England (1399-1412) noble Fr-103
This specimen was lot 20017 in Ponterio sale 176 (Chicago, August 2013), where it sold for $28,200. The catalog description noted, "GREAT BRITAIN. Henry IV, 1399-1413. Noble, ND (1399-1412). Heavy Coinage. Very Rare and Unusual Heavy/Light Coinage Mule King standing on ship with crescent on rudder, holding sword and shield, style 1 with four lis in upper left quadrant. Rv. ‘H’ at center of cross; alternating crowns and lis within eight arches. Type A. Cross pattée. A fascinating example and unusual Heavy/Light Coinage muling. The obverse die is clearly Schneider 189 (listed at 118.1 grains), however this example weighs in at the Light Coinage standard. A handsome example with lovely color. A small edge knock at 9:30, otherwise not far from being as made. A key for the specialist of these early types. Very Fine Plus. Ex: Seaby, 1985." The noble was introduced by Edward III as part of a monetary reform and was tariffed at eighty pence (6 shillings 8 pence) and was the first gold coin to circulate in several centuries. In 1412 the noble was reduced from 120 grains to 108 grains.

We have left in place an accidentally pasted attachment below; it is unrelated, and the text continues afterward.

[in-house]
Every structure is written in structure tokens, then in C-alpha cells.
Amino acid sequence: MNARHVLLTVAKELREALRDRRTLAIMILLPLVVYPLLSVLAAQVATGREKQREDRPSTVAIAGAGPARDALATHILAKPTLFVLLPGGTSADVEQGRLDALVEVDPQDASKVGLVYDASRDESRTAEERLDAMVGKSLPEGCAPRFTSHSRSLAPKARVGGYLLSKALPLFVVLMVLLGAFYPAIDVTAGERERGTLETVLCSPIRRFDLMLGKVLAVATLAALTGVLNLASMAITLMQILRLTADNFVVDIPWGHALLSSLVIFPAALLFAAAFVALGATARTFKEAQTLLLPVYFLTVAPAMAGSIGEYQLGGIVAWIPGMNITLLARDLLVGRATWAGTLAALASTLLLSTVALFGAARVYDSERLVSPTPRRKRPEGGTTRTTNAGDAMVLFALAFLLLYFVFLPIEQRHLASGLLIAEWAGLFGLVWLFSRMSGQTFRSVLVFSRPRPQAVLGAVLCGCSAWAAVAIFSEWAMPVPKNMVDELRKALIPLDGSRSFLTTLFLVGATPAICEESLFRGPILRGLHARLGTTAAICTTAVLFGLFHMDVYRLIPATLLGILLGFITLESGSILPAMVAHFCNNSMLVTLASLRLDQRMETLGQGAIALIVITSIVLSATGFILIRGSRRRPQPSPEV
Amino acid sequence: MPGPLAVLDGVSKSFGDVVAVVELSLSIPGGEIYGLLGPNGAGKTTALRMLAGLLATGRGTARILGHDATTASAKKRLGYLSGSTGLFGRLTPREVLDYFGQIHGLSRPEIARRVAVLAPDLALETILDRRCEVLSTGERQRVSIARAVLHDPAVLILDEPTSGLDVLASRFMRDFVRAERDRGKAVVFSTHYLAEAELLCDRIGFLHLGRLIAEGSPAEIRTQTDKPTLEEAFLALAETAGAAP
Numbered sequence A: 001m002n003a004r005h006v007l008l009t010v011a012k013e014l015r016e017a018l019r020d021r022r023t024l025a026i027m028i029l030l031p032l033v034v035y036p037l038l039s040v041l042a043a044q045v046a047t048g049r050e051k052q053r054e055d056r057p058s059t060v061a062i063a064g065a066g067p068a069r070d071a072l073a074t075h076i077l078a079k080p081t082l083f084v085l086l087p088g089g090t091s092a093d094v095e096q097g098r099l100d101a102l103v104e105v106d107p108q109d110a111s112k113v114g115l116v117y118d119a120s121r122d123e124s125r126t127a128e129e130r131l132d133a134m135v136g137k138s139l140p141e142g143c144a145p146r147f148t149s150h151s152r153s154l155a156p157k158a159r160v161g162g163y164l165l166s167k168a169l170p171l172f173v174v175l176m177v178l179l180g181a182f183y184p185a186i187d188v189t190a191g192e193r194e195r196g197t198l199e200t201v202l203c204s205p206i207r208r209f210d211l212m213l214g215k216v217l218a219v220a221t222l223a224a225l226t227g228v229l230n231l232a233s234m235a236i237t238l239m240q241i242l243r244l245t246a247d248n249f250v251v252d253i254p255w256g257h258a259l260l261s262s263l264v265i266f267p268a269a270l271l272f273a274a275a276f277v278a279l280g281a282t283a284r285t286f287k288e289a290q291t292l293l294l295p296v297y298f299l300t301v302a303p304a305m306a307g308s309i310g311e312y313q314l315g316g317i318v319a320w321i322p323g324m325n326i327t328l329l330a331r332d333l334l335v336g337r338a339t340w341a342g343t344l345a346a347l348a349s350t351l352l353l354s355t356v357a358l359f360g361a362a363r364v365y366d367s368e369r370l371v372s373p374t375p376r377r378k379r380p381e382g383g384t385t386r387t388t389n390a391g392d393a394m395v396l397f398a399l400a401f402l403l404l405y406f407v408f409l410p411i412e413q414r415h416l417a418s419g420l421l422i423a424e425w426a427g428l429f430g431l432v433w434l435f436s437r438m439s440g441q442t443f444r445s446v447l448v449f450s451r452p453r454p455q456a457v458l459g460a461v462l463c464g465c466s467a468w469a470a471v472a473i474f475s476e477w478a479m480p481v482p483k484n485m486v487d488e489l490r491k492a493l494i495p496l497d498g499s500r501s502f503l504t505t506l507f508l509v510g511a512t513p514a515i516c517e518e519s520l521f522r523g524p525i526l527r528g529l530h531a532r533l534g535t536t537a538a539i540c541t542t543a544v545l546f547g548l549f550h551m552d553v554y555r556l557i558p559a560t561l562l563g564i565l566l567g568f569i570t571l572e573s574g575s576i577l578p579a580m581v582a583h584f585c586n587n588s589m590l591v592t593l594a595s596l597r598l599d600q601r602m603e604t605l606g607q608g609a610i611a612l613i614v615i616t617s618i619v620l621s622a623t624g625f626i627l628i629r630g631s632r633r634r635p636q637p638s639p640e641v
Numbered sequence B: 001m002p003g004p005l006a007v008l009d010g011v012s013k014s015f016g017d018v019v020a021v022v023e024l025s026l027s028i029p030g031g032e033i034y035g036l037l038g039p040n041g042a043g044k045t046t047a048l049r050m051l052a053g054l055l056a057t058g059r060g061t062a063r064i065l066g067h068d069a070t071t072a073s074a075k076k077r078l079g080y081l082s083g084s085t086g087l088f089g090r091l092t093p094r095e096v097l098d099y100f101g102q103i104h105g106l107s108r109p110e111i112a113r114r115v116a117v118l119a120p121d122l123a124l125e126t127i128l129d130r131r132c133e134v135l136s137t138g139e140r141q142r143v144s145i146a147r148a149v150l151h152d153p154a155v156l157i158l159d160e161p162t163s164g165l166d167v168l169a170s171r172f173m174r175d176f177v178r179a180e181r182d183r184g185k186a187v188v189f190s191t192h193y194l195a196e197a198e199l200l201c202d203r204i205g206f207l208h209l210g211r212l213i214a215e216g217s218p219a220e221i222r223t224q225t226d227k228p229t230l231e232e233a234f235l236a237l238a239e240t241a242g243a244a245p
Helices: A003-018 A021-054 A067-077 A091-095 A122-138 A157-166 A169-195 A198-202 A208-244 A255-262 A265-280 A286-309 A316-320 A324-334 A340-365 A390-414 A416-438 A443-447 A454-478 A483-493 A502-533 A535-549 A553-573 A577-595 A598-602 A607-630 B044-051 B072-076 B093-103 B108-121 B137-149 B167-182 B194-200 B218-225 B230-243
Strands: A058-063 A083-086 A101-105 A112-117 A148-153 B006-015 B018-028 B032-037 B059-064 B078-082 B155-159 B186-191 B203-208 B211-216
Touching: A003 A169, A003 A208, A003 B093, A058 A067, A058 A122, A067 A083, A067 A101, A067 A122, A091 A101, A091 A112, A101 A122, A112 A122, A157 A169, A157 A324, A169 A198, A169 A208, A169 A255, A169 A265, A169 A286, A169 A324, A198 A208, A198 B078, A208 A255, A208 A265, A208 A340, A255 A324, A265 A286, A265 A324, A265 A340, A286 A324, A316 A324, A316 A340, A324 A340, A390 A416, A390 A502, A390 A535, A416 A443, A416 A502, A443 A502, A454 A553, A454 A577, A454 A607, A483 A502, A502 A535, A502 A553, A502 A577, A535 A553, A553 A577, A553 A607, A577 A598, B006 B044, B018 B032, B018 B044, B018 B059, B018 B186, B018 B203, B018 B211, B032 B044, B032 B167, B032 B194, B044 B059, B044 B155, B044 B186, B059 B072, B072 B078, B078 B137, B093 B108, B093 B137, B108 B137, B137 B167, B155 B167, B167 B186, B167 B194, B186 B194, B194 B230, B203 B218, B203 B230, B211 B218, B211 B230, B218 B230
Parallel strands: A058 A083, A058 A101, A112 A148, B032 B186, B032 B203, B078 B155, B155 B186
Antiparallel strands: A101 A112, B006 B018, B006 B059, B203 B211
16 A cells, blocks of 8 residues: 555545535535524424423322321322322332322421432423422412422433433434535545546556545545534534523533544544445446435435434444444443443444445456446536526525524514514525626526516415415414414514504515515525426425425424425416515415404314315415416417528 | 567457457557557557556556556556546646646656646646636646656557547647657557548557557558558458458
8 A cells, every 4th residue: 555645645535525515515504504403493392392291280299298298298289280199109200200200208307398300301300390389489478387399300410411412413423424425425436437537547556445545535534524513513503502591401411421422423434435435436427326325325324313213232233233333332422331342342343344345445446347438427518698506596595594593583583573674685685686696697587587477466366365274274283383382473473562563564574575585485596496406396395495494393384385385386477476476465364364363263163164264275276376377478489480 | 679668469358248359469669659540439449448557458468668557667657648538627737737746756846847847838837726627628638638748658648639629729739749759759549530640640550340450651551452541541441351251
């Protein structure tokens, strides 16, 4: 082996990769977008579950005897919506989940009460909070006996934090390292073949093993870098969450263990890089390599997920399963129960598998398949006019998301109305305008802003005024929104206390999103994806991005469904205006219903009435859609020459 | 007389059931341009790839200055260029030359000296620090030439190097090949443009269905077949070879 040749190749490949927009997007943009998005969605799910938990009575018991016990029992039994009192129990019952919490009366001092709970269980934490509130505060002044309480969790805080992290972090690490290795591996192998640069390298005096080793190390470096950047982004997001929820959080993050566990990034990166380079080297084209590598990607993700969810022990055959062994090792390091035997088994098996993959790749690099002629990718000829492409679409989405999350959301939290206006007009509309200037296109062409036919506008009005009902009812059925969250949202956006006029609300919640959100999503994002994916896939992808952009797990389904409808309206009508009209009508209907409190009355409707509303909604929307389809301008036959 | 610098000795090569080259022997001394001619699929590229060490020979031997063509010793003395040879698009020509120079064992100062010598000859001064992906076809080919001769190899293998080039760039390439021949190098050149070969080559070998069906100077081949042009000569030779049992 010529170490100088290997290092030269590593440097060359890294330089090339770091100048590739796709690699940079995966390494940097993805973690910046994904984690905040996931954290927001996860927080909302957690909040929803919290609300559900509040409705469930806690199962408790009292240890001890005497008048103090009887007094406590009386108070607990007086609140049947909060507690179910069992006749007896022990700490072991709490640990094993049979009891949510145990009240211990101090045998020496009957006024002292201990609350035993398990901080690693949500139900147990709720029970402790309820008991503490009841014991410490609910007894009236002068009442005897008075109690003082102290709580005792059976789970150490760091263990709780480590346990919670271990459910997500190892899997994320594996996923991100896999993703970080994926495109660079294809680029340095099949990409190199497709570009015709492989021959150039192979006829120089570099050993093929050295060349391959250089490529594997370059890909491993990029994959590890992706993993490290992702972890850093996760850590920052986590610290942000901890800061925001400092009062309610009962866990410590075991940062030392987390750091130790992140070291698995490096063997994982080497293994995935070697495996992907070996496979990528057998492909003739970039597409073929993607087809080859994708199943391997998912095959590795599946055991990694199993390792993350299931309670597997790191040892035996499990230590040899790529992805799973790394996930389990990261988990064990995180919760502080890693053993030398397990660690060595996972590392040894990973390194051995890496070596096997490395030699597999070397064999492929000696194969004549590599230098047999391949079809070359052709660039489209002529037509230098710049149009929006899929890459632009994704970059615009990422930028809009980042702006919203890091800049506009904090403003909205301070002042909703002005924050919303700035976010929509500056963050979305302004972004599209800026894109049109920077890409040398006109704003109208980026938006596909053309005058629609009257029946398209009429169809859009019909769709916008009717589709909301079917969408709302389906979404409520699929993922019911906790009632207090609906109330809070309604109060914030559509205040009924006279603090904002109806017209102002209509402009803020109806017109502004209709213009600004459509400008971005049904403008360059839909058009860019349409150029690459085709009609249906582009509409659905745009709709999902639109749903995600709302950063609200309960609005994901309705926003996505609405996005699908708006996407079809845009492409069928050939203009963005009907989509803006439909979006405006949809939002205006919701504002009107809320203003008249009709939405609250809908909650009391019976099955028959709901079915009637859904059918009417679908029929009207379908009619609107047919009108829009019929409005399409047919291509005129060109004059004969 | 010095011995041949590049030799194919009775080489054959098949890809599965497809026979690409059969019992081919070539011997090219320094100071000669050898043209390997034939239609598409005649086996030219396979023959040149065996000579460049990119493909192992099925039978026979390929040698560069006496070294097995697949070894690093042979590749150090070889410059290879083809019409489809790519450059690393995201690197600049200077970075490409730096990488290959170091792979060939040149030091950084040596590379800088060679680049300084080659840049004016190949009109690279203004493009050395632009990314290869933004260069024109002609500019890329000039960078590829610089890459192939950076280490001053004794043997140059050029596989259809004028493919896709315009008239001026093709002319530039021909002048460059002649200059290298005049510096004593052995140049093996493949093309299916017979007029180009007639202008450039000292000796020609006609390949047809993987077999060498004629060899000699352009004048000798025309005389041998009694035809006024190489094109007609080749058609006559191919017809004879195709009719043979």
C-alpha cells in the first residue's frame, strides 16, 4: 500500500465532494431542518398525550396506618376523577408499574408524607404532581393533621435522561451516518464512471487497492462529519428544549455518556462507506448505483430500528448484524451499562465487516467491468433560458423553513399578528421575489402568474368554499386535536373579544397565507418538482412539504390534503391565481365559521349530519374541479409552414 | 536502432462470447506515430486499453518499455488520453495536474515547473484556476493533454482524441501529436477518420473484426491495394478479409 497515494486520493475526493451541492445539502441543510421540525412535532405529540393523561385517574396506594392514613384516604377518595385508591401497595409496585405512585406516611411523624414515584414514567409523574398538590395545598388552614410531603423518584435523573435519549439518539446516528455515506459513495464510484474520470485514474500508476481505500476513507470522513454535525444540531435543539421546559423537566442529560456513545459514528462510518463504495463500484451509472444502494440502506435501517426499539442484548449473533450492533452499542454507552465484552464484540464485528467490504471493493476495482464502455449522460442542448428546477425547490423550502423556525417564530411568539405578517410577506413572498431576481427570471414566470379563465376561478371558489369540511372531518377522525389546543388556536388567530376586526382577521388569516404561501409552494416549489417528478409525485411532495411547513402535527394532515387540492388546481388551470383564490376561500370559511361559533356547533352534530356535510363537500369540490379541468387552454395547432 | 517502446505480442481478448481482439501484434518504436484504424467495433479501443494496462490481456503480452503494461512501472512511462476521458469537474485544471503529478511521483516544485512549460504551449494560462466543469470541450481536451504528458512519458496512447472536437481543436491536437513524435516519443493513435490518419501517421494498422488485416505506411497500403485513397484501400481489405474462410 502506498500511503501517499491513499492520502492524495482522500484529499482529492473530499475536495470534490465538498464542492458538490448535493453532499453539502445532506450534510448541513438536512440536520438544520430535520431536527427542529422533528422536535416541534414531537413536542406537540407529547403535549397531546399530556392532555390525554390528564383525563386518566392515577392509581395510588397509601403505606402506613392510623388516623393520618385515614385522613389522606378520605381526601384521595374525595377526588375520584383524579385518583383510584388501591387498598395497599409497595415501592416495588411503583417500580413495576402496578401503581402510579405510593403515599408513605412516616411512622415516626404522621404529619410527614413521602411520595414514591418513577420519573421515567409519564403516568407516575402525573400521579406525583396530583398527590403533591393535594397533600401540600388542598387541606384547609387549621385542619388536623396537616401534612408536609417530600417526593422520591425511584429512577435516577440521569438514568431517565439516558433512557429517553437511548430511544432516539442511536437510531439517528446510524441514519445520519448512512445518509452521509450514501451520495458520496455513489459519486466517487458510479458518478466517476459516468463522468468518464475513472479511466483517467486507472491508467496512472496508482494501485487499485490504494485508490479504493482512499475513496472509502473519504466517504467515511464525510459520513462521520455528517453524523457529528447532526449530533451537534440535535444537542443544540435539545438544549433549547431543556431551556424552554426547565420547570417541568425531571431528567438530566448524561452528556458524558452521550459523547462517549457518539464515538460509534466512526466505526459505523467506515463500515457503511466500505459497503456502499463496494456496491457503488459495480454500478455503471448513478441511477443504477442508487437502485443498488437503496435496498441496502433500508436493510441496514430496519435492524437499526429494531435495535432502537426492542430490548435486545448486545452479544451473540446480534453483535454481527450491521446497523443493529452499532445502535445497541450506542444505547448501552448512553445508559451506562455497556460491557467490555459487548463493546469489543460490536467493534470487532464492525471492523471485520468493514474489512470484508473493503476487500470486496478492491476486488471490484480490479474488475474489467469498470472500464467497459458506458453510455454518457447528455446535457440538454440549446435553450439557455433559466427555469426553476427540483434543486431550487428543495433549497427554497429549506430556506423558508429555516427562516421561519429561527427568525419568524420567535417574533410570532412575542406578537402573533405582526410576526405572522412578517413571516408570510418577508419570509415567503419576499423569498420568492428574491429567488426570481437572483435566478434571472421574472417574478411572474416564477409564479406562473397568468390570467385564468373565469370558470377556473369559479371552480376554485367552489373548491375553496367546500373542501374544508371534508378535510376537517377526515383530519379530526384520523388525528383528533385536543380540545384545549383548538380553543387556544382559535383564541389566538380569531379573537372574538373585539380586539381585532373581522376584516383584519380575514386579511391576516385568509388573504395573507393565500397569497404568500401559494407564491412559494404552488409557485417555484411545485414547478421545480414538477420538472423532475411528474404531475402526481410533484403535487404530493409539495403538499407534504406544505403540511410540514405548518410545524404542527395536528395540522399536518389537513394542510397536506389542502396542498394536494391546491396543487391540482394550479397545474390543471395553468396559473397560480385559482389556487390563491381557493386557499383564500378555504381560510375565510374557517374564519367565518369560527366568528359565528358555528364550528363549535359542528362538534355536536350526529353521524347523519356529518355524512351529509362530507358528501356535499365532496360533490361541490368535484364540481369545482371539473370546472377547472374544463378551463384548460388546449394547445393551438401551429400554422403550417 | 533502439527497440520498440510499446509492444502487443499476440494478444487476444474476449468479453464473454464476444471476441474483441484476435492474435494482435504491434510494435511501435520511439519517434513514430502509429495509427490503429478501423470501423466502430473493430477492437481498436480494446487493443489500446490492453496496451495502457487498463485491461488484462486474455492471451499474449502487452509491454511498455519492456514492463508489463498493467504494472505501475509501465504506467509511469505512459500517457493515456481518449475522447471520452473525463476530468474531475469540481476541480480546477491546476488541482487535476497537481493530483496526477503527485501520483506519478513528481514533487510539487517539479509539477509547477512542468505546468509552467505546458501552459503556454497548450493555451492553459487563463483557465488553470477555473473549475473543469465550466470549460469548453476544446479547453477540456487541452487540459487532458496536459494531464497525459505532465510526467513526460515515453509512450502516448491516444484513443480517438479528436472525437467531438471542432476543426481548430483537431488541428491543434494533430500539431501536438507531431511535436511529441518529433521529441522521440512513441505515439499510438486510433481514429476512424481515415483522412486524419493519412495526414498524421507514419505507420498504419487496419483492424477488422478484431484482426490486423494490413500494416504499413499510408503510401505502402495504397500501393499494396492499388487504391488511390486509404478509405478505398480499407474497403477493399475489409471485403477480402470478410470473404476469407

Recorded mintage: unknown.
Specification: gold, 120 grains (7.8 g); this specimen 107.8 grains.
Catalog reference: S-1705; North-1336a; Fr-103/106.
- Friedberg, Arthur L. and Ira S. Friedberg, Gold Coins of the World, From Ancient Times to the Present, 7th ed., Clifton, NJ: Coin and Currency Institute, 2003.
- Ponterio, Richard, and Bruce Roland Hagen, Ponterio sale 176: The Thos. H. Law Collection of English Gold Coins, Irvine, CA: Stack's Bowers, LLC, 2013.
- Lobel, Richard, Mark Davidson, Allan Hailstone and Eleni Calligas, Coincraft's Standard Catalogue of English and UK Coins, 1066 to Date, London: Coincraft, 1995.
- Skingley, Philip, ed., Standard Catalogue of British Coins: Coins of England & the United Kingdom, 46th edition, London: Spink & Son, 2011.